Women in Horror Spotlight : Amber Fallon
All throughout October, I will be highlighting the work of Women in Horror and introducing some new people to their work. I will be writing about authors, filmmakers, podcasters and other aspects of horror-related creative endeavors; I ask each of them several questions and share their answers with you in this series of articles.
This article will be about author and podcaster Amber Fallon. Amber has written multiple novels and contributed to a number of anthologies. Her latest works are “The Warblers” and “The Terminal”, and both are available on Amazon. I’ve read both of them, and I find them to be well-written and gripping tales. She has a unique voice that resonates with her readers, and once you get a taste of her work, you will find yourself eagerly seeking out her next project.
Tell us a little bit about yourself and your work.
My name is Amber Fallon. I’m a techie and a foodie and some other things that end with ie. I write horror, mostly. Sometimes with a dash of weird, sometimes with a sprinkle of pulp, sometimes something entirely different. For example, my debut novella, The Terminal, is a gory, action-packed alien invasion story… my next book, The Warblers, is a quiet historical piece.
What’s your earliest memory of horror influencing you?
My mother used to read Edgar Allan Poe stories to me from the time I was born.
What drove you to the horror genre?
I’m not sure anything really drove me, per se. It’s just always felt like home. I have tried writing other genres, but they always end up horror stories, so why fight it?
As you started delving deeper into the horror genre, how did your influences change? What I mean is, there was something that drew you in, and eventually you branched out and started becoming interested in other aspects. What drove you to the other branches of horror maybe from slasher flicks to zombies, or to psychological horror?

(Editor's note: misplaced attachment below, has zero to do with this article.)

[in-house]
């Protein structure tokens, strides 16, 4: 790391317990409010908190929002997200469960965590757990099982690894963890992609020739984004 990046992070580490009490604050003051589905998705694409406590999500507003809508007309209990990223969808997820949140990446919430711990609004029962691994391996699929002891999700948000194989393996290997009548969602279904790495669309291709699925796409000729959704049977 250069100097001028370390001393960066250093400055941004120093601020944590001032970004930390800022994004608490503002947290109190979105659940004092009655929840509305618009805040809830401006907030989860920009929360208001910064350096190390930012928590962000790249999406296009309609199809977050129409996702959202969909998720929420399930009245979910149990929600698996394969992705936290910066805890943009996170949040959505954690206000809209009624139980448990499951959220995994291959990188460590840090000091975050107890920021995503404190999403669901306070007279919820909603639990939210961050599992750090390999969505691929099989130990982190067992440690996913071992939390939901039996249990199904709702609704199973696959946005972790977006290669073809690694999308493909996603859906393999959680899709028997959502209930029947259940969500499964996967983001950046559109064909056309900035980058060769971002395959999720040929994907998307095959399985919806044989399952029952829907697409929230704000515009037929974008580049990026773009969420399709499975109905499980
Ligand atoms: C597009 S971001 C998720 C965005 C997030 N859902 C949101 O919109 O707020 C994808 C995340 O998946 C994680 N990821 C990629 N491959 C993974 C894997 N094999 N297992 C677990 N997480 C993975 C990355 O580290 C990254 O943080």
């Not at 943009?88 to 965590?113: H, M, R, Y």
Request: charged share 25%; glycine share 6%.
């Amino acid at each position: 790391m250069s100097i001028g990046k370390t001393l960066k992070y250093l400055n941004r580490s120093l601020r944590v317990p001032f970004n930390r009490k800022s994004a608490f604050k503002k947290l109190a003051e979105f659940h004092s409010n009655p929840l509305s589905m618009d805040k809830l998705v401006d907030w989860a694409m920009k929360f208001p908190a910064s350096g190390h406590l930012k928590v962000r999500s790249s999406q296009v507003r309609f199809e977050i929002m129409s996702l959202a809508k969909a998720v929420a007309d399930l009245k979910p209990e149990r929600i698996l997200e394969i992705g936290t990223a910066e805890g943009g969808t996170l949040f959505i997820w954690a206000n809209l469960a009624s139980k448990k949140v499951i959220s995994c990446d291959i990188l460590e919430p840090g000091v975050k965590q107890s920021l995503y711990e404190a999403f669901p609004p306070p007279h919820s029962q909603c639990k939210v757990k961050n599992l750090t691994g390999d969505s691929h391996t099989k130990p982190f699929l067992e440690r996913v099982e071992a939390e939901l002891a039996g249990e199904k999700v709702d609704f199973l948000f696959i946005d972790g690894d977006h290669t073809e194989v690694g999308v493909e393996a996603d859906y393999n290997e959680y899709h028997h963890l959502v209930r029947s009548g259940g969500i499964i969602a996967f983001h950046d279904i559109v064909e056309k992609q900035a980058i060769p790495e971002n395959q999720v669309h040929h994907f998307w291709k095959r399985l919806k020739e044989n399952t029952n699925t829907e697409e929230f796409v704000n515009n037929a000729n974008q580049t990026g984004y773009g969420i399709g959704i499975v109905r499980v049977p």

Well, Poe was my first exposure… from there, I started reading books from both of my parents’ shelves. Mom’s gave me more Poe, Lovecraft, Shelley and Stoker, Bloch, and some Bradbury. My father’s yielded more modern voices: King, Koontz, Barker, Ketchum, Straub… on the film side of things, I’d accidentally been allowed to watch The Company of Wolves, and from there my love grew to include the Hammer horror films, anything with Vincent Price, then Night of the Living Dead and so on and so forth.
When you settle in to write something, what do you watch or listen to in order to help get your creative juices flowing?
That really depends on what I’m working on. Usually, it’s cooking shows of some sort, but once in a while I’ll be looking for a specific vibe or atmosphere and I’ll seek out music or movies to provide the right backdrop.
As a woman in the horror genre, what are some of the biggest challenges that you have faced in the pursuit of your art?
The weird idea that because I’m female, somehow I don’t know how to actually write things that are scary and/or violent. I’ve encountered a lot of people (usually men) who will insist that what I have labeled “horror” is actually “paranormal romance” or something… Since I almost never have romantic or sexual elements in my work, I might find it amusing if it weren’t so frustrating. To set the record straight (I’d like to say once and for all, but I’m far too cynical for that): I write HORROR. I know a lot of other women who do, too. Some of the most horrific, terrifying, brutal, bloody, gruesome scenes in literature were written by women. We CAN do it!
What other things influence you, aside from horror?
Food. Music. People. Places. I find inspiration all over the place.
Is there a specific person in horror that you try to emulate?
Not really. I want to be myself and let my own voice shine through… but I do have influences… J.F. Gonzalez, Brian Keene, Ruby Jean Jensen, Thomas F. Monteleone, Joe R. Lansdale, to name a few.
Who is your favorite horror villain?
Colqhoun from Ravenous.
Tell us about another woman in horror whose work you think the folks reading this should check out.
Just one? Mary SanGiovanni. She is absolutely brilliant, supremely talented, and her works span so many themes and genres that there’s something for everyone.
Finally, what’s the one Halloween-specific movie that makes its way into your regular rotation throughout the year?